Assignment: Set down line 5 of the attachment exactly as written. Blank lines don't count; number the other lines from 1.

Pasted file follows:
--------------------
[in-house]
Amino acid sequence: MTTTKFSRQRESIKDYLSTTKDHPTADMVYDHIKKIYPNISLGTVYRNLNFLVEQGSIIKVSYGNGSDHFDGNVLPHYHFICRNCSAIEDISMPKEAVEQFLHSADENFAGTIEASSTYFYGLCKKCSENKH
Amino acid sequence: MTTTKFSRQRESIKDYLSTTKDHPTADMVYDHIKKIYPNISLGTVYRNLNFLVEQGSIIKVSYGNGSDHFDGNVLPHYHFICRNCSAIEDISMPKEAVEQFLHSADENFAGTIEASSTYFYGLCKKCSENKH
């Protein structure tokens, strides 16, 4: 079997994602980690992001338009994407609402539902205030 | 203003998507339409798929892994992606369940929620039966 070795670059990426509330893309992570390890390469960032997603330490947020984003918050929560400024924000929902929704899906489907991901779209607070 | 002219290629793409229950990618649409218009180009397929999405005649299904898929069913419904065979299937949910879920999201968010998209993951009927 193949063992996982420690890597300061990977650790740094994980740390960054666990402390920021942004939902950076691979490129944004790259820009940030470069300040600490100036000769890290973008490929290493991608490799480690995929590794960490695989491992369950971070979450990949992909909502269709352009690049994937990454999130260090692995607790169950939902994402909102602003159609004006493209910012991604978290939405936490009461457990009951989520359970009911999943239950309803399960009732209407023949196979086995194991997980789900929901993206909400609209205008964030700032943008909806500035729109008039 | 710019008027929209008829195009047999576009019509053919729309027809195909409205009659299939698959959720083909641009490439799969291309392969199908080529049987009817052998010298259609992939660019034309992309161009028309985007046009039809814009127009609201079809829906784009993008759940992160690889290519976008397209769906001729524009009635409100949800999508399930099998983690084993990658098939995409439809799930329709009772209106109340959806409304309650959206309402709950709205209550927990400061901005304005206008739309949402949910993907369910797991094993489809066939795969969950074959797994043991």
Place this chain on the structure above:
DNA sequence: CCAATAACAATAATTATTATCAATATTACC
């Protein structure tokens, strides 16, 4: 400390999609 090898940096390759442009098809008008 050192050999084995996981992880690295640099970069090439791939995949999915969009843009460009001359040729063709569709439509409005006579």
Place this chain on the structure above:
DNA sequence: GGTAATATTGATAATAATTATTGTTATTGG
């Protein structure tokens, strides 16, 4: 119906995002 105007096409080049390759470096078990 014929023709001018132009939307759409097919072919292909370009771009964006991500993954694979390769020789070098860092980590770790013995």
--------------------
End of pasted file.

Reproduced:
Place this chain on the structure above: